An extended search of the Japanese island Kuchino-erabu for traces of Craig Arnold had offered up hope the poet might be injured, but still alive, among one of the island's many crevices.
That hope died Friday afternoon once a search team announced that a trail discovered the previous day showed signs that Arnold, 41, suffered a leg injury, then fell from a steep cliff to his death soon afterward.
"The only relief in this news is that we do know exactly what befell Craig, and we can be fairly certain that it was very quick, and that he did not wait or wonder or suffer," wrote Rebecca Lindenberg, Arnold's partner of six years, on a Web site she maintained during the search.
News of the discovery sent shock waves through several English department faculty members soon after University of Utah graduation exercises Friday afternoon. Arnold graduated with a doctorate from the U.'s creative writing program in 2001 after earning his bachelor's degree from Yale, and went on to teach poetry and literature at the University of Wyoming in Laramie in 2004. Arnold was exploring the island for a book he planned to write on the world's active volcanos, and had been missing since April 27.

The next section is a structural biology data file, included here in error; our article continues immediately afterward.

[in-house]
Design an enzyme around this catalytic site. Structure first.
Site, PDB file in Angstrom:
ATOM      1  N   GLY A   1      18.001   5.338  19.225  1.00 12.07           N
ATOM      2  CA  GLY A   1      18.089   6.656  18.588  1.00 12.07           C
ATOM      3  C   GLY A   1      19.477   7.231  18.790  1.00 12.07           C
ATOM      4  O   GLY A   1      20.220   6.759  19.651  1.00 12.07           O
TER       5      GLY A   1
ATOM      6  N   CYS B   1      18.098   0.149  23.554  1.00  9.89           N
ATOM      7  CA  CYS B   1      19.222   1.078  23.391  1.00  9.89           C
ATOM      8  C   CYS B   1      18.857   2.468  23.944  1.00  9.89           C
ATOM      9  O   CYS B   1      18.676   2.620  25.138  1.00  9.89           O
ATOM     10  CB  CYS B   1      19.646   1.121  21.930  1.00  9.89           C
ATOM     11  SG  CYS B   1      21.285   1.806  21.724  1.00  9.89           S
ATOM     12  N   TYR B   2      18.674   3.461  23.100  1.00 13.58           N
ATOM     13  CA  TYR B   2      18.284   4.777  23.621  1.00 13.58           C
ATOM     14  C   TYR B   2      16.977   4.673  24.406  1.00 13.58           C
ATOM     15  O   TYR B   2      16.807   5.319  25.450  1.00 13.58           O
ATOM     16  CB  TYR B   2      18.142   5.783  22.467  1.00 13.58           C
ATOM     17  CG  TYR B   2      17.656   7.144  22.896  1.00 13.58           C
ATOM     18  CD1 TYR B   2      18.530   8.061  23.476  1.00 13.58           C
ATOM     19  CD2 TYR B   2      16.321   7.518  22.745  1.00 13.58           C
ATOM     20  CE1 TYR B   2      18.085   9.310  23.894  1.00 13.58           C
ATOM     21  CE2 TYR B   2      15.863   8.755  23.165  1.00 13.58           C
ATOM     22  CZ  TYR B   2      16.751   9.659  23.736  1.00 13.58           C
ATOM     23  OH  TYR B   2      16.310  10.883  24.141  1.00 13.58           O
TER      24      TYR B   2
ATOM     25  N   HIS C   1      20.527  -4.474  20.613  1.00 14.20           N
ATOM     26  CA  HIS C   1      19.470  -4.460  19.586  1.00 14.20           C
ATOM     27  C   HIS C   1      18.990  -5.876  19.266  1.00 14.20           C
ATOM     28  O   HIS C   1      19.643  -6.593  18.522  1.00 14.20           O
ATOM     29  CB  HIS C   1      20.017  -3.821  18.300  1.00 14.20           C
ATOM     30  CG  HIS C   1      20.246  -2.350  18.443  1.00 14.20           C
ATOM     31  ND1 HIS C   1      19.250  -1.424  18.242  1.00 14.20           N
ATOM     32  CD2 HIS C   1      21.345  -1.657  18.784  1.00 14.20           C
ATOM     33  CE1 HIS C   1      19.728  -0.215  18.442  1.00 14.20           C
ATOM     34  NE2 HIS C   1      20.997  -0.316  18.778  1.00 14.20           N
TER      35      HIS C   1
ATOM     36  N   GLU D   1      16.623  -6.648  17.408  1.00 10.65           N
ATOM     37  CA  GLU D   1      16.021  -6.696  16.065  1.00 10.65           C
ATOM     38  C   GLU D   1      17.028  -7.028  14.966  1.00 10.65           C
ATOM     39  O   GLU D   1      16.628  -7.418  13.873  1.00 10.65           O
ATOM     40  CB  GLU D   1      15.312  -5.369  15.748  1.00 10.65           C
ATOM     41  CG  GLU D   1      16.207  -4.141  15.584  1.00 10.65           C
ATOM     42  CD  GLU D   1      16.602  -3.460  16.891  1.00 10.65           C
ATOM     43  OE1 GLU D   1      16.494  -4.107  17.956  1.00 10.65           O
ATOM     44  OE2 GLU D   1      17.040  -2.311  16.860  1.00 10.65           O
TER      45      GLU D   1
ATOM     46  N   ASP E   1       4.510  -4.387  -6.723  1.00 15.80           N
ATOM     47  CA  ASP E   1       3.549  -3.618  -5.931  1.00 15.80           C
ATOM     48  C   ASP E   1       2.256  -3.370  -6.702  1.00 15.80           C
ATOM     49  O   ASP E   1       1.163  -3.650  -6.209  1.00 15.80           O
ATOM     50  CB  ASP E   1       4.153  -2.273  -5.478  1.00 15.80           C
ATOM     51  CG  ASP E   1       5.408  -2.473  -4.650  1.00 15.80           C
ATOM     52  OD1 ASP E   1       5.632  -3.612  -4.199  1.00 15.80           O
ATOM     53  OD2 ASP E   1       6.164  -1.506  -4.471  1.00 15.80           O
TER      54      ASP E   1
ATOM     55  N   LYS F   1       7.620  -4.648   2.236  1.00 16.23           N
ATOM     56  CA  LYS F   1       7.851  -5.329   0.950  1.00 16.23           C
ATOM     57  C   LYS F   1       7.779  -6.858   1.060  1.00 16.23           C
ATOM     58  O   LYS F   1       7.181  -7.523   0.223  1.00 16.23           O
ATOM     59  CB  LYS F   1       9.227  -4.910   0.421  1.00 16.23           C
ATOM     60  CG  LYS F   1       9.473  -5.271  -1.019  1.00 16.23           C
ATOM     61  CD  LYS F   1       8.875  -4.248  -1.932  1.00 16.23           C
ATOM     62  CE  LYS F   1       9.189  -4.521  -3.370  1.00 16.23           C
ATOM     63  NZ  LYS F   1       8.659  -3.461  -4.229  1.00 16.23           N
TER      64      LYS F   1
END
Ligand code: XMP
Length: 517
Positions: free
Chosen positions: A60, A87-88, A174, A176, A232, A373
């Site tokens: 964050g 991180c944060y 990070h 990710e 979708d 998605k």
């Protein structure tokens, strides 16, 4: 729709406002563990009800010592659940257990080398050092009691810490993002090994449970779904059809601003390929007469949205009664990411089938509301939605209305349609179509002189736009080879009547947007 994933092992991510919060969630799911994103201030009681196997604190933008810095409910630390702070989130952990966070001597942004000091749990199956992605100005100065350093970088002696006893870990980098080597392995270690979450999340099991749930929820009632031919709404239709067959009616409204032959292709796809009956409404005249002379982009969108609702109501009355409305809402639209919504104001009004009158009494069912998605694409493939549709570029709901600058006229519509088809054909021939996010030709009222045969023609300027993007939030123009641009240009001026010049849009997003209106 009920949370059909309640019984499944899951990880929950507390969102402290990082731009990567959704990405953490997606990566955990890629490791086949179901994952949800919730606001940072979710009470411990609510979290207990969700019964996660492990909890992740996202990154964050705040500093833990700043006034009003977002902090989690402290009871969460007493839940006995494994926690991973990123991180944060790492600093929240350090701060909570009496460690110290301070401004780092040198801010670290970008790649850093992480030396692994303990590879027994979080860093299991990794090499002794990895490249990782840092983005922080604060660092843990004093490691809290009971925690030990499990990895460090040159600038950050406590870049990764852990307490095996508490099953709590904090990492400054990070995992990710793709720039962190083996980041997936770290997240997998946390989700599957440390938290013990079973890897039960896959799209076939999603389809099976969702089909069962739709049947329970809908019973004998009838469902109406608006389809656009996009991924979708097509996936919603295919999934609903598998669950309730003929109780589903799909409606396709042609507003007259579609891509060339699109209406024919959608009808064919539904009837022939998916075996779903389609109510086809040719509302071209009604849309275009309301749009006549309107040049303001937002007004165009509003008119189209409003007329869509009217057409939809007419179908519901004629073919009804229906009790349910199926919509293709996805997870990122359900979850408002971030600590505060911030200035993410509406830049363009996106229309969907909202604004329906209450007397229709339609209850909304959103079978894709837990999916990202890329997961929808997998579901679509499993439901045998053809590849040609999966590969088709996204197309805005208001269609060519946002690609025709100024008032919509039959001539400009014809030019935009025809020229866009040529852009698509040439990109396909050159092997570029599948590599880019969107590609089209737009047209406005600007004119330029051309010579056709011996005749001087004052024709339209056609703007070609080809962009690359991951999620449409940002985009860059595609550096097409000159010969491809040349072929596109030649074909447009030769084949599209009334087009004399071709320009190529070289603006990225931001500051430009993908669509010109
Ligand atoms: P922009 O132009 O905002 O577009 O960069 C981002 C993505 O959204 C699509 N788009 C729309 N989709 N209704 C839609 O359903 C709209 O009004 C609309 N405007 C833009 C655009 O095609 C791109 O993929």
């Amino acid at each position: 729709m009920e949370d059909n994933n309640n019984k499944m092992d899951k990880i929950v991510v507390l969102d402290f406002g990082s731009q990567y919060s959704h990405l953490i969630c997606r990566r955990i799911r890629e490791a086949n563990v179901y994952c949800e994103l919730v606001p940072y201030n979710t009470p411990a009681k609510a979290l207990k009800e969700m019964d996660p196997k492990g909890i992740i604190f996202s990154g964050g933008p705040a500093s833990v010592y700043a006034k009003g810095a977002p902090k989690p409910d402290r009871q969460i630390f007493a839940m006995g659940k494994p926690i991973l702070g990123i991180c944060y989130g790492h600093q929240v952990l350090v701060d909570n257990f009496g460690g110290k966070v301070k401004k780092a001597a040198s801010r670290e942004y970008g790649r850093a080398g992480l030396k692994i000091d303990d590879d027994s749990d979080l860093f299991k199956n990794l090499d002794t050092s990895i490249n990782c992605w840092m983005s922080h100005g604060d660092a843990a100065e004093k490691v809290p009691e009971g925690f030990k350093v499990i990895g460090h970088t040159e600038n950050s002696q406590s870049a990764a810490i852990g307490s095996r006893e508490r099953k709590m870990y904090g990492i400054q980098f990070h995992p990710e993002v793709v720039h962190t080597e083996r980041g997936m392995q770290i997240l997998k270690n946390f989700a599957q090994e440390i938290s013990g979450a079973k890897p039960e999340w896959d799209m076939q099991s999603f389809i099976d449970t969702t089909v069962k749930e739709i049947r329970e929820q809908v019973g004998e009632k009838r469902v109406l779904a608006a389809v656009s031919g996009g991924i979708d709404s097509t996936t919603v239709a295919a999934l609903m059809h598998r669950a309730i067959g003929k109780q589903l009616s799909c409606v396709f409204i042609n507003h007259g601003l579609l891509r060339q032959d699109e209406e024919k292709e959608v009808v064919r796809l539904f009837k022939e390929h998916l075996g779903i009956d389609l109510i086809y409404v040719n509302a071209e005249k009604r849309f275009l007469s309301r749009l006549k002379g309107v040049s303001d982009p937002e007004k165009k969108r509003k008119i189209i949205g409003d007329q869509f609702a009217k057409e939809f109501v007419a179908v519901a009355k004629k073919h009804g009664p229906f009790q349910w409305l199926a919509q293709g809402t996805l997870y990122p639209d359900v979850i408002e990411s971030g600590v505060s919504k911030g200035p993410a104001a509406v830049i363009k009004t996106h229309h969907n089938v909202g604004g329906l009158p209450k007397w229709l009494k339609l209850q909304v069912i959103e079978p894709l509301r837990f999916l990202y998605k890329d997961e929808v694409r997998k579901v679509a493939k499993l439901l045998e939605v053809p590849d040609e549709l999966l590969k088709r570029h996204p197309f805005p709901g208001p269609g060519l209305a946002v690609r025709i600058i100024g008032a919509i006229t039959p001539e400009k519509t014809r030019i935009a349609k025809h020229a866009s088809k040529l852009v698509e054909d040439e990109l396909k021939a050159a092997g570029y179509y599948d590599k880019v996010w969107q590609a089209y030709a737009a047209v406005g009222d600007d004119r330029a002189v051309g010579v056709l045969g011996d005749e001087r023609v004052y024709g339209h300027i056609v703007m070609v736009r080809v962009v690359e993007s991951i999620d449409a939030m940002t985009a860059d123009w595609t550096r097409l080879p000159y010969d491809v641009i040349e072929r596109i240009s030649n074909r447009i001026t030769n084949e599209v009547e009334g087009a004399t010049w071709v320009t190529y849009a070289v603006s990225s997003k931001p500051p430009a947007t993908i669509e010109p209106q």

"All the faculty at convocation was wondering, speculating and browbeating each other. Most had begun to turn a corner and realize that any good news would be unlikely," said Katherine Coles, U. faculty member and Utah poet laureate. "I'm sure everybody will share the deep grief of Craig's family, but also the relief that he wasn't lying injured for days."
Raised in a military family that lived in Texas but often lived abroad, Arnold garnered one of his first major literary prizes, the Yale Younger Poets award, for his 1999 poetry collection, Shells , while living in Salt Lake City. He went on to earn a Fulbright Fellowship and several major prizes that allowed him to live and study abroad, including the American Academy of Arts and Letters' Rome Prize in Literature for 2005. He was traveling in Japan this year through a U.S.-Japanese Friendship Commission's Creative Artists Exchange Fellowship. He visited Utah on Feb. 18 to read from his newest collection of poetry, Made Flesh , at the Salt Lake City Main Library.
Robert Pinsky, poet laureate of the United States from 1997 to 2000, hailed Arnold as "one of the most gifted and accomplished poets of his generation."
Jacqueline Osherow, professor of English at the U. and Arnold's adviser in the doctoral program, said is devastated by the loss. Osherow said her letter recommending Arnold for the fellowship in Japan weighed on her at first after news of his disappearance, but has since lifted. She described Arnold as a big-hearted person whose immense talent let him do what he wanted in life.
"I'm more broken-hearted for him than the poems he didn't live to write," Osherow said. "This is a loss to American literature and letters. It's wrong to say he was full of promise, because he delivered on that."